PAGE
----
GUELPH CIVIC ADMINISTRATION CENTRE

INSTITUTIONAL

LOCATION: Guelph, Ontario ARCHITECT: Adamson Associates Architects DESIGN LEADERSHIP: Michael Poitras, Partner-in-Charge of Design COMPETITION: Open Design Competition – First Place CLIENT: City of Guelph
STATISTICS:
  • No. of storeys: 3
  • Total floor area: 130,000 ft2 (12,077 m2)
  • Below grade parking: 42 (including 3 barrier free)
  • Loading docks: 2
MATERIALS:
  • Limestone (textured & honed)
  • Curtain wall
  • Copper roof & fascias
  • Black fascias & balconies (interior)
  • Wood soffits & ceilings
  • Etched glass panels
  • Wiarton stone courtyards
  • Outdoor landscaping
GENERAL PROGRAM:
  • Council chamber
  • Mayor’s office
  • City Councillors’ offices (8)
  • 3-storey atrium/indoor public space
  • Administration offices
  • Café
  • 3rd floor public terrace
  • Reflecting pool/skating rink
  • Modern glass clock with re-purposed historic bell
  • Outdoor public space
LEED: Silver
COST: $50 million
COMPLETION: Unbuilt

Our winning entry for this city hall competition focussed on clarifying, revealing and incorporating Guelph’s historic city hall (circa 1856) and a remnant stone wall – part of the “winter fair building” -which was entombed within an abandoned arena at the city hall site.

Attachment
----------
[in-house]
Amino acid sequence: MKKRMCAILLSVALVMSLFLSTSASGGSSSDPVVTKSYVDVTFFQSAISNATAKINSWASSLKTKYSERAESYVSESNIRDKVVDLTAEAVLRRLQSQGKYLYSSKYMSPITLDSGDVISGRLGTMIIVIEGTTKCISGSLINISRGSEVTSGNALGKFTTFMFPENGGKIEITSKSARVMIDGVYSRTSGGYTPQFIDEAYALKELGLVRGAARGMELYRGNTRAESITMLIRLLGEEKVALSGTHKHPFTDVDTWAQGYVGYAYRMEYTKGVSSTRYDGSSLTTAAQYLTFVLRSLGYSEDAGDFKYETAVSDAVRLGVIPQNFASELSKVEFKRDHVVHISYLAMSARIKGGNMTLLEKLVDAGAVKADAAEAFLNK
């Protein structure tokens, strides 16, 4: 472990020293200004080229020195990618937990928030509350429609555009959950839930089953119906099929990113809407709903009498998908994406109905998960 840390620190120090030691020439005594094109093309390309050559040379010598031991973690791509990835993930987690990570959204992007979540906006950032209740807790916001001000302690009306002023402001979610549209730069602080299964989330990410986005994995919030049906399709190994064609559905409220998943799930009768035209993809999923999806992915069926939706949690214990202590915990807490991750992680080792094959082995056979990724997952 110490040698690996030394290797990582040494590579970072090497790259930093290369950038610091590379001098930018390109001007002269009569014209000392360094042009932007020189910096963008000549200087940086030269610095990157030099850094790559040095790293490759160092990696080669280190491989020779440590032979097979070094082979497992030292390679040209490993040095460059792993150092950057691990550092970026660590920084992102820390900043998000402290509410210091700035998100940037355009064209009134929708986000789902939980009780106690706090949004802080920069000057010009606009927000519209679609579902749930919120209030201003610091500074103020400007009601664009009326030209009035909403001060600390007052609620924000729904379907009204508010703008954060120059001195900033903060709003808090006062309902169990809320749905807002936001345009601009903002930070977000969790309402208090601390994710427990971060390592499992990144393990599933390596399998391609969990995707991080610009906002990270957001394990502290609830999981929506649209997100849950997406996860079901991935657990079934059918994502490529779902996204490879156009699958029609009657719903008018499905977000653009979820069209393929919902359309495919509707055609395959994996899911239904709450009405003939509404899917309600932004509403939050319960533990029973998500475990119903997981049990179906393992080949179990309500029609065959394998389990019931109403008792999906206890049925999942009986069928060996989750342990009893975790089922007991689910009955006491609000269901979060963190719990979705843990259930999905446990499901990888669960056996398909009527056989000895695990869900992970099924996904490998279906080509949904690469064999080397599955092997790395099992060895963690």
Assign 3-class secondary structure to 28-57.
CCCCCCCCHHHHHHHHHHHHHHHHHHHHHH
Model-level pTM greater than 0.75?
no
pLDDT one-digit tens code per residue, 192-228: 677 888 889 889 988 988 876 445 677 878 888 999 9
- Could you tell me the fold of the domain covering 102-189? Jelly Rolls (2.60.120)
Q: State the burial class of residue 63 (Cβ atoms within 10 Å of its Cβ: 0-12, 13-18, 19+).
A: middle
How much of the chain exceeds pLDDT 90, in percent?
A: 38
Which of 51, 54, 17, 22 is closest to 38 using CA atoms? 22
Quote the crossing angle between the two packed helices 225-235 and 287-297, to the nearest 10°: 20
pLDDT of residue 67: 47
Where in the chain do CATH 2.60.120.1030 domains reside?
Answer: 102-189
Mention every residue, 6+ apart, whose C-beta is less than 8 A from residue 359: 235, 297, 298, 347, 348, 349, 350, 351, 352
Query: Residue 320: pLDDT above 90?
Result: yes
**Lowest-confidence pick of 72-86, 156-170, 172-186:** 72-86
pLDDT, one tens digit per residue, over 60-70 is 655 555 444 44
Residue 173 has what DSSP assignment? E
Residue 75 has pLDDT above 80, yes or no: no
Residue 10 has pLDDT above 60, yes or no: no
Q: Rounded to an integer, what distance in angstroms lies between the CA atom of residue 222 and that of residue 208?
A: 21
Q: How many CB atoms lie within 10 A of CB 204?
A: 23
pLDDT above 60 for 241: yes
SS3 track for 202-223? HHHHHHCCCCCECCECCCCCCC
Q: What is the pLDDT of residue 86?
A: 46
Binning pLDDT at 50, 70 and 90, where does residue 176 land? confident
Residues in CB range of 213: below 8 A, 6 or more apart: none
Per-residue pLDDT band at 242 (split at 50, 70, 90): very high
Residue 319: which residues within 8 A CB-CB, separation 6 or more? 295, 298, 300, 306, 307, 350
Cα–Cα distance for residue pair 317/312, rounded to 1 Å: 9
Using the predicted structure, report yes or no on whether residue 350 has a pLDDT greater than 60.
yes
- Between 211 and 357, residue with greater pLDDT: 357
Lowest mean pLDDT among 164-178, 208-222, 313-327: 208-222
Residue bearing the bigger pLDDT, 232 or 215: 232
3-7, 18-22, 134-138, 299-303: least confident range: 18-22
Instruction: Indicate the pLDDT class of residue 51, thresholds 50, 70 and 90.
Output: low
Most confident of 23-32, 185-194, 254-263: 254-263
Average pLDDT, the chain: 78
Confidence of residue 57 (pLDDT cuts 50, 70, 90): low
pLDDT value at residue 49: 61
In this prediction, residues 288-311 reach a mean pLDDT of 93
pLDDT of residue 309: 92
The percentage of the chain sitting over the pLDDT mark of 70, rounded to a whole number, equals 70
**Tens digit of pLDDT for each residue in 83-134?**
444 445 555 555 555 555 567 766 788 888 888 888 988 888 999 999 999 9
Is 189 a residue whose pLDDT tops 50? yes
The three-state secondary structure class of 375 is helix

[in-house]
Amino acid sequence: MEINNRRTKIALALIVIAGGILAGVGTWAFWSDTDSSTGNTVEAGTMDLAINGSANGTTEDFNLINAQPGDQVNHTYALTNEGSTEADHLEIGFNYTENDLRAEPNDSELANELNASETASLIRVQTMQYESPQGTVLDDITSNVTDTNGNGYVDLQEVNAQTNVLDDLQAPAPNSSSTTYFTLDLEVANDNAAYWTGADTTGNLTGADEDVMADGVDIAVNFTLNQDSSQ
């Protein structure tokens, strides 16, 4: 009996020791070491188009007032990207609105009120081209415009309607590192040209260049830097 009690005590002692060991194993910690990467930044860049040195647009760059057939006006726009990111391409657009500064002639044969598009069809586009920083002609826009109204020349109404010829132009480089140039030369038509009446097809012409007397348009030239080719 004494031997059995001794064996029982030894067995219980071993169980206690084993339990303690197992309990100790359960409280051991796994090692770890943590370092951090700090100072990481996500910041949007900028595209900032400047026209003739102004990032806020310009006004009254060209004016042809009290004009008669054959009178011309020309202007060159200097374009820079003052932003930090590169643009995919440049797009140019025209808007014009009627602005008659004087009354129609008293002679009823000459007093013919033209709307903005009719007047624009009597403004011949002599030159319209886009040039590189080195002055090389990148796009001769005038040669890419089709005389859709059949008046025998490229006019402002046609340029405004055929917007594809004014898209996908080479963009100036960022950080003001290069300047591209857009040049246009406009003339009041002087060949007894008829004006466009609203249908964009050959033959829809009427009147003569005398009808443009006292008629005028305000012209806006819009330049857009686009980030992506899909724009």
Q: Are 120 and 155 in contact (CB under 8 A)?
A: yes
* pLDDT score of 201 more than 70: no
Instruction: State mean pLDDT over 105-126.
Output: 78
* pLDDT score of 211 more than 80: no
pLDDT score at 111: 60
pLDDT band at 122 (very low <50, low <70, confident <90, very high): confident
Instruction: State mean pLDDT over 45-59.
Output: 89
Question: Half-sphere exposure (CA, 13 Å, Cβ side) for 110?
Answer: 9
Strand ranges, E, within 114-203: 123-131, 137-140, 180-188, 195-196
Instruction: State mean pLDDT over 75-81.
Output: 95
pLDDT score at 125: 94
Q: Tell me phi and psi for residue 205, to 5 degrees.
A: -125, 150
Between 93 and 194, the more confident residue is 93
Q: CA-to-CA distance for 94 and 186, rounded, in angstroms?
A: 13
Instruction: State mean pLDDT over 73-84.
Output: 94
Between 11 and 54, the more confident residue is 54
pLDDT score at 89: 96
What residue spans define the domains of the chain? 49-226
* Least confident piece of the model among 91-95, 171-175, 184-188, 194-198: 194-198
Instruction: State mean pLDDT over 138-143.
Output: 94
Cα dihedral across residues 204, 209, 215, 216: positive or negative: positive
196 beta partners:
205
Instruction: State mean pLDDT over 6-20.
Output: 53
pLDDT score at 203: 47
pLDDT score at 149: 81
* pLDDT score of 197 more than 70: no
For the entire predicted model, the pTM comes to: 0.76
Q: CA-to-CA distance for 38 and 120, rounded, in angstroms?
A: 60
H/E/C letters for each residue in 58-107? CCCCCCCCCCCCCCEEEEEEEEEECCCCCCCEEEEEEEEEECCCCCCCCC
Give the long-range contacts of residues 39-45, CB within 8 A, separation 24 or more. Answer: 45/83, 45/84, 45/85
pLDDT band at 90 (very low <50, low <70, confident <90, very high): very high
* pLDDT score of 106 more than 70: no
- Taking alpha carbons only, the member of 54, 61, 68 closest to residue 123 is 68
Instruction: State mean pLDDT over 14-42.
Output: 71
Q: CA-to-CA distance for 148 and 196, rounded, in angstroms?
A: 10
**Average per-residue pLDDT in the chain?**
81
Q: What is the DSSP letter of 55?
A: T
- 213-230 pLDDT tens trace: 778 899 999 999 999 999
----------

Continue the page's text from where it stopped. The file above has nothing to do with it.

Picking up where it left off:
Using two existing entrances on the winter fair wall as markers, we organized the horizontal and vertical circulation in the addition to this contemporary building, as well as its mechanical distribution and public washroom requirements. Perpendicular to those entrances, the addition’s major programmatic elements became layered like a series of parallel bars: forecourt, reflecting pool, glass foyer, winter fair wall, atrium, administration departments and rear court. All in all, the addition became an interweaving of historical elements and new municipal requirements, using the “winter fair wall” as its formal architectural guide.

To keep the street view focussed on the historic city hall, the new addition was set back further from the street than the old city hall, and was partially screened on its front side with newly planted maple trees. The historic city hall also remains the main focus from Guelph’s highest point – Our Lady Immaculate Church – thanks to a reflective, water-filled roof. This roof, along with the reflecting pool at grade, renders the glassy addition as a virtually invisible glittering reflection of light, while simultaneously allowing the old city hall directly adjacent to stand out as the predominant building.

To the forefront of the historic city hall and its addition is a narrow multi-purpose courtyard for both public and city hall events. To increase the use of this narrow courtyard we proposed to pave the street adjacent (Carden Street) in the same honed granite. As such, where large public events require more space, Carden Street can be closed, extending the courtyard right up to the existing buildings across the street.